Jets Finally Bench Sanchez, Win Ugly Game 7-6

With just over seven minutes left in the third quarter, the crowd at MetLife Stadium stood and cheered for the first time. It was not for a score, defensive stop, or even a big play. On the field, Mark Sanchez had just thrown an incomplete pass on third down. As he headed to the sideline, Rex Ryan intercepted him. Behind the bench, backup quarterback Greg McElroy began to throw.

After the newly energized defense forced a three and out on the back of their first sack of the afternoon, McElroy officially made his debut. His name echoed around the bowl, shouted by elated fans who had spent the first three quarters booing Sanchez. Just over five minutes later, McElroy stood in the corner of the end zone celebrating his first touchdown. Those were the first and only points the Jets scored all day, as they defeated the Arizona Cardinals 7-6.

“I needed to make a change,” Ryan said. “You get that feeling that you know what, I’ve had enough.” It did not take a special intuition to decide to bench Sanchez though; one only needed eyes and ears.

On the Jets’ first offensive snap of the game, Sanchez dropped back inside his own 10-yard line. Frantically scanning the field, he found no one open and panicked, blindly heaving the ball down the middle of the field. The pass was intercepted by former Jet Kerry Rhodes.

“I didn’t see the first play very well, tried to dump it down to Dustin [Keller] and missed him,” Sanchez said. “It just wasn’t my day.” His problems continued, throwing a second interception later in the quarter. Hearing boos every time stepped on and off the field, Sanchez threw a third pick in the 2nd quarter. He finished the day with a painful line of 10-21 for 97 yards with three interceptions.

“We had sputtered the drive before and they told me to go warm up,” McElroy said.  “I warmed up and they put me in.” Once in though, his first drive was less than impressive. It was run heavy, helped by a 15-yard penalty for unnecessary roughness, and capped off with a weak 1-yard touchdown pass to an uncovered tight end. “It was a bit of a floater,” McElroy said. “I almost didn’t want to throw it.”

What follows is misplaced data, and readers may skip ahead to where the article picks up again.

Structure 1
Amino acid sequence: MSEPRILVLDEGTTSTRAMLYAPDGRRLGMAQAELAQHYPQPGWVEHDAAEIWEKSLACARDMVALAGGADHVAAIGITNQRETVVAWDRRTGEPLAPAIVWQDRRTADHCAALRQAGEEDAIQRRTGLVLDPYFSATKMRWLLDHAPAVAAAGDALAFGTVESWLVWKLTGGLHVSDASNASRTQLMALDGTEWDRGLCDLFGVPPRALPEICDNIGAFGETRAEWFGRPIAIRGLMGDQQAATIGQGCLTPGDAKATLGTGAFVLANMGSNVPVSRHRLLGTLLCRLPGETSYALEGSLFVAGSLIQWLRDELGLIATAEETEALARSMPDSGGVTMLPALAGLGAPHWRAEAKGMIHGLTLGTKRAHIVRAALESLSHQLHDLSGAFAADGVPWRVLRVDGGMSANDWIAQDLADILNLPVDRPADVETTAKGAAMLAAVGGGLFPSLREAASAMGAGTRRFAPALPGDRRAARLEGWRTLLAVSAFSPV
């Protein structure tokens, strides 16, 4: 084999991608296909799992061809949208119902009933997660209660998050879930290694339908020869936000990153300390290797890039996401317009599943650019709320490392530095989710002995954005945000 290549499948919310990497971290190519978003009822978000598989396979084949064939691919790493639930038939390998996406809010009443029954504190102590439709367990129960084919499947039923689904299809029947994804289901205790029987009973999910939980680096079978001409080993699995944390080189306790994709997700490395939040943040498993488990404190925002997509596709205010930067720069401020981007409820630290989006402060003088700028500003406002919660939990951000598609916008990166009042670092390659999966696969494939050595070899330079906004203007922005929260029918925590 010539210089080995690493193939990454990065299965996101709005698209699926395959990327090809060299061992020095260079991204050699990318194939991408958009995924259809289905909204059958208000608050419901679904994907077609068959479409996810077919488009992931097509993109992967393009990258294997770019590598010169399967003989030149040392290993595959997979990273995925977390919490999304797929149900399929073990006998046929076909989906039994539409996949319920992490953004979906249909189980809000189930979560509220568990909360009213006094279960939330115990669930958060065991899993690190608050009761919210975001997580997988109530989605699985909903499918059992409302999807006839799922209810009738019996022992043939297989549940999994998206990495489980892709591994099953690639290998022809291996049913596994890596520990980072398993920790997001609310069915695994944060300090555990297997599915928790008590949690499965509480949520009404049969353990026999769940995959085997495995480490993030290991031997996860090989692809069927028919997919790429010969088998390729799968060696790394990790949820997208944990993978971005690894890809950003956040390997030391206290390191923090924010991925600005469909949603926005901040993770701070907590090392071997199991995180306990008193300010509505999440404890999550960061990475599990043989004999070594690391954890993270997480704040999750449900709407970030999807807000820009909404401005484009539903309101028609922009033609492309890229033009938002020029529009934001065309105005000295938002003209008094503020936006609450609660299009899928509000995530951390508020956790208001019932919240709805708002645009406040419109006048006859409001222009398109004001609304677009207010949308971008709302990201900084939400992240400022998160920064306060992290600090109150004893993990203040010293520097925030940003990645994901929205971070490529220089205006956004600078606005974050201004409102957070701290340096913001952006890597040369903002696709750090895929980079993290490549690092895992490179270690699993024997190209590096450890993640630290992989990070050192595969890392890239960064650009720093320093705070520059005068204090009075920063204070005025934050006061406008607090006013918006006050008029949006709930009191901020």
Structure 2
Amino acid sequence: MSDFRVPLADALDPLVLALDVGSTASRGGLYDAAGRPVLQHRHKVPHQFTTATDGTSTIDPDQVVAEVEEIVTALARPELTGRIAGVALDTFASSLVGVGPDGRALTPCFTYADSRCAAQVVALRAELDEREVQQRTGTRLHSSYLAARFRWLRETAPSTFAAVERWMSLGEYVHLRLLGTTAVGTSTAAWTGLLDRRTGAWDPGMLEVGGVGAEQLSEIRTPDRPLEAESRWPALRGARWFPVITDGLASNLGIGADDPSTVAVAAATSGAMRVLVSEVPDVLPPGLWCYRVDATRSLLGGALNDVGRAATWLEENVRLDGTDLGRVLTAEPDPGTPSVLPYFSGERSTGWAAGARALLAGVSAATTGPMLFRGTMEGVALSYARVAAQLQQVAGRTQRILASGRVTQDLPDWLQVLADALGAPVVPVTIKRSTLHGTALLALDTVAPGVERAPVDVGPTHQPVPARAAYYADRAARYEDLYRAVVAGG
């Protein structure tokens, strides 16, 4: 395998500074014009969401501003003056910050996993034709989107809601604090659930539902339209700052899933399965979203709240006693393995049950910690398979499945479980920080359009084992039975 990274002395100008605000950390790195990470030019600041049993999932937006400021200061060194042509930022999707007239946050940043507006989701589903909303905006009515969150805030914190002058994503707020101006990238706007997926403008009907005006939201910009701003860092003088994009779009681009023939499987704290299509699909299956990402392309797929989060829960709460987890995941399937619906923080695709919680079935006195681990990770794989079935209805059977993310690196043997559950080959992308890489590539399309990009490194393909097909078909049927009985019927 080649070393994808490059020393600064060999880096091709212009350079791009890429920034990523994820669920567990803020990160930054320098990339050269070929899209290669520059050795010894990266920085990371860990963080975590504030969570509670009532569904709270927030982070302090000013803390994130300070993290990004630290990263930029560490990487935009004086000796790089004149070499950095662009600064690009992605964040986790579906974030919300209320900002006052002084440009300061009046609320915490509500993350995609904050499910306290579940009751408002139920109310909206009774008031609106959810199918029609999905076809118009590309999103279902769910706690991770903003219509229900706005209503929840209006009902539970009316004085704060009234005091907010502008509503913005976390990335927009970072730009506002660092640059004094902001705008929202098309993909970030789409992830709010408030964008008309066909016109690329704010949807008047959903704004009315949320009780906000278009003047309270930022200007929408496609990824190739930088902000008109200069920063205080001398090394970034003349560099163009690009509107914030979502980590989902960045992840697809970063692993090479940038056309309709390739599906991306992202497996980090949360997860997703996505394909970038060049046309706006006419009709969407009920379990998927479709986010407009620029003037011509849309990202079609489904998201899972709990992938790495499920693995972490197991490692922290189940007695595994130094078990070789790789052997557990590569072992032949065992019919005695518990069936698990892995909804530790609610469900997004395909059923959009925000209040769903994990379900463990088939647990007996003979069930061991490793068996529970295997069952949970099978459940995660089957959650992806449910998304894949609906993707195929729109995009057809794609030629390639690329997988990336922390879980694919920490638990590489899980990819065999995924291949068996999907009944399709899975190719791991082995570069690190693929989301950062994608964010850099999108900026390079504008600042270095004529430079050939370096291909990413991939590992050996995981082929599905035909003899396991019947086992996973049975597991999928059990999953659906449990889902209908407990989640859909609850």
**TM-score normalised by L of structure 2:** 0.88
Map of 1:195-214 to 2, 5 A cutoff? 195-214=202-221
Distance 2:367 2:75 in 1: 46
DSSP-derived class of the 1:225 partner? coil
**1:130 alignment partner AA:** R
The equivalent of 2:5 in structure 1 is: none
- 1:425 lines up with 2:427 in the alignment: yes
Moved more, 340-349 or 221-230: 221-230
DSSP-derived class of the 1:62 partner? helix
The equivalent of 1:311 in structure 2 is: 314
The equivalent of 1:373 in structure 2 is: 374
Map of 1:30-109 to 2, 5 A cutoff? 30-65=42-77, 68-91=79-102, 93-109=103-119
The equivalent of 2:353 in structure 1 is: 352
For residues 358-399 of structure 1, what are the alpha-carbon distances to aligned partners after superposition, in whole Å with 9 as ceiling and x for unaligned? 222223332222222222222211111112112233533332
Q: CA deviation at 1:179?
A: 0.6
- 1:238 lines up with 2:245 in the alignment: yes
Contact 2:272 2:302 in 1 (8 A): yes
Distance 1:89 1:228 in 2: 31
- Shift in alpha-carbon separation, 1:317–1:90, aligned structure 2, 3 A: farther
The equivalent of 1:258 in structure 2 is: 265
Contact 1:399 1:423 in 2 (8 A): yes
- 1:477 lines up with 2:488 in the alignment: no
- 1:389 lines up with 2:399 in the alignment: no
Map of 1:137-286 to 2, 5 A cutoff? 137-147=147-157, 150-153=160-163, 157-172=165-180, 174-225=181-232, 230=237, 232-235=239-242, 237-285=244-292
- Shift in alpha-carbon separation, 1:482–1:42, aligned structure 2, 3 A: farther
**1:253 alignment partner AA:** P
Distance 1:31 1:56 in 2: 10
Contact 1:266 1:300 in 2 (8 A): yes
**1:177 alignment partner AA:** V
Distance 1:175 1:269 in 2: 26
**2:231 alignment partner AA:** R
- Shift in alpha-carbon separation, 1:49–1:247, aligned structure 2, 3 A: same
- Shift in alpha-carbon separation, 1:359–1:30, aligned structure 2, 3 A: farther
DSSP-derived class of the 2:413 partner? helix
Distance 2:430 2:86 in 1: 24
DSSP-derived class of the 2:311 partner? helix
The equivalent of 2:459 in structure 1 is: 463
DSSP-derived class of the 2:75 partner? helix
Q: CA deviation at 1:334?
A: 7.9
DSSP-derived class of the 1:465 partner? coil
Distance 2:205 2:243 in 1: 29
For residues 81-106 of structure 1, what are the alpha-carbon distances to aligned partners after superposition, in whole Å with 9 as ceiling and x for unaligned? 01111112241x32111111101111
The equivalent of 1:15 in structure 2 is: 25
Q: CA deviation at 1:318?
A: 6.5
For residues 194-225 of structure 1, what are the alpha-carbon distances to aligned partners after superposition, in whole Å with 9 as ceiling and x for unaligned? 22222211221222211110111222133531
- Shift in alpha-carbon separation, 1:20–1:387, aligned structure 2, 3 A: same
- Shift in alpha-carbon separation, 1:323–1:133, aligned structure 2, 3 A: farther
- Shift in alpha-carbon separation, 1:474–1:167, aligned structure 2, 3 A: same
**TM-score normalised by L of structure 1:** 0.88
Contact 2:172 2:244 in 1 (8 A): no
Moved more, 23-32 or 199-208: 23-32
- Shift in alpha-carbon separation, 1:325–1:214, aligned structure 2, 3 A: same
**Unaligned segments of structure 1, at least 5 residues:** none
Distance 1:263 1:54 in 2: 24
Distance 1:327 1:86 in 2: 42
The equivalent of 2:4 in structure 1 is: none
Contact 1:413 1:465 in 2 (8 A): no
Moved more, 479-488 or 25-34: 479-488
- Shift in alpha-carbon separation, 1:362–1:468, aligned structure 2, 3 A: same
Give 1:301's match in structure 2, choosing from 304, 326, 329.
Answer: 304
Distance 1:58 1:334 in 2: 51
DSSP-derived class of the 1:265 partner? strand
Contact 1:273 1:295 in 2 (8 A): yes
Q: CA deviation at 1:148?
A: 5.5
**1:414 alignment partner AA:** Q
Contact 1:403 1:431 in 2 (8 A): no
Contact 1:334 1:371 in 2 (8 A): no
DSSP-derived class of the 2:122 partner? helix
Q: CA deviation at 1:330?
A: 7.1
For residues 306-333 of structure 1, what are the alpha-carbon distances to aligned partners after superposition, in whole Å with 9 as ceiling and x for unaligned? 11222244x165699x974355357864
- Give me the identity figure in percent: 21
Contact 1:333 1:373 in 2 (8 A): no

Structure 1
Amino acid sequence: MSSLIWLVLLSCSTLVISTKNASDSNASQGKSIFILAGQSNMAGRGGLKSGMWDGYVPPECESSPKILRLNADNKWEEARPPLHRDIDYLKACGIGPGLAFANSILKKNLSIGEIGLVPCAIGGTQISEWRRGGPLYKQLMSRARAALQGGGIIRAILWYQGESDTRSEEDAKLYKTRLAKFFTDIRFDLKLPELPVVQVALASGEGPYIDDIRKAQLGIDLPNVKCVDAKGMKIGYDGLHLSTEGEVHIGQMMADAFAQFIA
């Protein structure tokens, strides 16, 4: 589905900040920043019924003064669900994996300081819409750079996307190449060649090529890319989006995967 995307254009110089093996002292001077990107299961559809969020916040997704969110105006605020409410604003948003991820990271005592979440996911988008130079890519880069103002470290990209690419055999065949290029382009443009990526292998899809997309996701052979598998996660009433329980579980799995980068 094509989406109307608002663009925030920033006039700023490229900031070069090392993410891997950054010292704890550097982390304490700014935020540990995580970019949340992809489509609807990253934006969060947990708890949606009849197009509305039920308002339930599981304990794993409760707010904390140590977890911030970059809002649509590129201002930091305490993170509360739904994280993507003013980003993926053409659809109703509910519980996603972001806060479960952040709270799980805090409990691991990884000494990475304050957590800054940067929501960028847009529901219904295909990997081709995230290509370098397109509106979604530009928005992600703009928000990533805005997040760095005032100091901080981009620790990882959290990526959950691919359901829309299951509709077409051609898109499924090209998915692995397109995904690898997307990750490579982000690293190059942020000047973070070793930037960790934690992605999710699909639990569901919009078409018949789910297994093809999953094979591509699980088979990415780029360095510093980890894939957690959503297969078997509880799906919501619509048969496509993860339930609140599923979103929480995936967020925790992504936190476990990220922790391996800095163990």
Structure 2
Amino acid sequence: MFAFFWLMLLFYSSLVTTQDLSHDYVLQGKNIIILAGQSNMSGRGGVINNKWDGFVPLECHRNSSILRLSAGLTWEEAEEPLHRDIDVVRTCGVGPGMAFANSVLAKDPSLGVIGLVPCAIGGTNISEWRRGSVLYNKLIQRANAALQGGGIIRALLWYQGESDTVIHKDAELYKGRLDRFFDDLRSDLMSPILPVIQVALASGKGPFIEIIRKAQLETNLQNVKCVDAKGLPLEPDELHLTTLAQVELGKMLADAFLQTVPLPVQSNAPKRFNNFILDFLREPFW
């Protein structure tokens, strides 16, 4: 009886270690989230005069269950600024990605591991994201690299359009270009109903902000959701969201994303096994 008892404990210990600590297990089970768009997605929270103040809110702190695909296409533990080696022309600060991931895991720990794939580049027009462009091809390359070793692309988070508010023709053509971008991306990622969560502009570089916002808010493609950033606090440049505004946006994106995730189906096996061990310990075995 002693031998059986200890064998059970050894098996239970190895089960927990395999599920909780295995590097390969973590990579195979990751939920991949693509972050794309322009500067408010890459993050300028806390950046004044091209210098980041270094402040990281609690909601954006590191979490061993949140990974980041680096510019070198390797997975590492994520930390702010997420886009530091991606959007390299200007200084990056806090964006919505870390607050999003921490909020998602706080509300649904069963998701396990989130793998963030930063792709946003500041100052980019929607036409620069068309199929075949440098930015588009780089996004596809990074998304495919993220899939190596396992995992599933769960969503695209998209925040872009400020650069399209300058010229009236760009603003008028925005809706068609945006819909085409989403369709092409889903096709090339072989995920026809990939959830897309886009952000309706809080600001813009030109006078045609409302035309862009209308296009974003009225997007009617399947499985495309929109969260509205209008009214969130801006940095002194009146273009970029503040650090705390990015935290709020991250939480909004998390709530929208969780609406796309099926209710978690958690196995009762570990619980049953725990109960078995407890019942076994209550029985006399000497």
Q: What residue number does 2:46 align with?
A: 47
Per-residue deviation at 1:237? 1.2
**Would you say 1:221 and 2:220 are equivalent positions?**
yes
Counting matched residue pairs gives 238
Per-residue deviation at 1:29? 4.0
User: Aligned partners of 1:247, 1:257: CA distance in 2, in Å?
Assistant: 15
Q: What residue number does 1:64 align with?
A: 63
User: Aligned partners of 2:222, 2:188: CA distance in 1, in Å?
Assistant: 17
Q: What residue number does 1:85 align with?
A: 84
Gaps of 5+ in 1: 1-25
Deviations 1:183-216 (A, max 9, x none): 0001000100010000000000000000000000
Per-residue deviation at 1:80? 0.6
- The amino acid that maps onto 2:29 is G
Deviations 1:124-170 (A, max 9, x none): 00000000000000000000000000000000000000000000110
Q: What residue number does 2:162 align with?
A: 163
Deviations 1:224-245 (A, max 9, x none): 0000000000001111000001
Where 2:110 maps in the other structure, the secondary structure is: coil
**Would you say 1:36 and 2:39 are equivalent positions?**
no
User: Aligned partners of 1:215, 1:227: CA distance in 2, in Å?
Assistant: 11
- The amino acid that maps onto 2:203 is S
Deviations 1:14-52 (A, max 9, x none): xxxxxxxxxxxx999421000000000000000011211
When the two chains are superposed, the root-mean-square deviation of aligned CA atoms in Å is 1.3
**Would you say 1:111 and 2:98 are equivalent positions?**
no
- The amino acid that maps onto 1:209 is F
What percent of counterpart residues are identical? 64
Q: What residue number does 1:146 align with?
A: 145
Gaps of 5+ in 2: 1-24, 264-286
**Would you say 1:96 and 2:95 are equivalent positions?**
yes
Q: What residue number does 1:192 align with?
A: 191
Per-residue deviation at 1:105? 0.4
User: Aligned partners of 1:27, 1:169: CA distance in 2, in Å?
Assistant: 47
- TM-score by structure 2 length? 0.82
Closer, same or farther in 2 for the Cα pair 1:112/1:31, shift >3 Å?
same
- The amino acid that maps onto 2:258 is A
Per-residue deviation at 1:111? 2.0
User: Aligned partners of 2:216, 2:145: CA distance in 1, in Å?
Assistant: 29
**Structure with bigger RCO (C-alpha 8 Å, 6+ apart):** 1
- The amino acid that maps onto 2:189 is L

He did throw it though, doing something Mark Sanchez had only done 12 through 12 games: pass for a touchdown. McElroy also seemed to show something that Sanchez lacked: intelligent and confident play.“I really like how he controlled the clock,” Ryan said.

“I really try to…play the game by the numbers,” McElroy said. “If it’s first and ten we want it to be second and five. If you keep it like that, you’re going to keep yourself sustaining long drives.” This idea is a stark contrast to Sanchez, who seemed to either immediately hand the ball off or attempt a forced, deep pass. The few quick routes he targeted resulted in incompletions, or were inopportunely timed, gaining insufficient yards on a third down.

McElroy was also willing to play smarter and throw the ball away. “If you minimize turnovers and explosive plays, that’s ultimately what wins the game,” he said. Clearly his fellow quarterback needed a reminder.

He carried himself like a leader, too. “You didn’t see any hesitation with him,” said guard Matt Slauson.  “He stepped right in and was loud and very direct.” The same could not be said for Sanchez, who seemed anxious and rushed in the pocket and then stood alone on the sideline holding the backup’s clipboard.

Most importantly, McElroy brought life to the crowd. The sight of him warming up prompted a wave of applause, which spurred the defense to its first sack of the day. When he completed the touchdown pass, an uninformed observer could have thought the Jets were about to hoist the Lombardi Trophy. After his drive, the Jets fans refused to sit, urging their team on. “We feed off the crowd tremendously, that was a boost,” tackle Austin Howard said.

It’s important to remember that McElroy was far from great, though. In what had to be one of the weakest stat lines for the “player of the game,” he finished 5-7 for 29 yards and one touchdown. He also added a formidable seven rushing yards.

He also had good luck. His touchdown drive was aided by a borderline unnecessary roughness call, when McElroy was pushed from behind as he went out of bounds. Instead of 3rd and four on the Arizona 28 yard line, the Jets had 1st and 10 at the 14. Later in the 4th quarter, he threw an interception, but was saved when the play was erased by a defensive holding penalty.

Ultimately, the Jets and their fans shouldn’t get too high after Sunday’s win. It was one win and an ugly one at that. The quarterback issue will not be solved easily or internally and reaching the playoffs will require an improbably run, with some help from other teams.

“Just enjoy this one for 24 hours and see how the week progresses,” McElroy said. That is how we should look at the game: a bad game, amid a worse season, with a good storyline. Enjoy it right now. Come next week, its likely nothing will be different.

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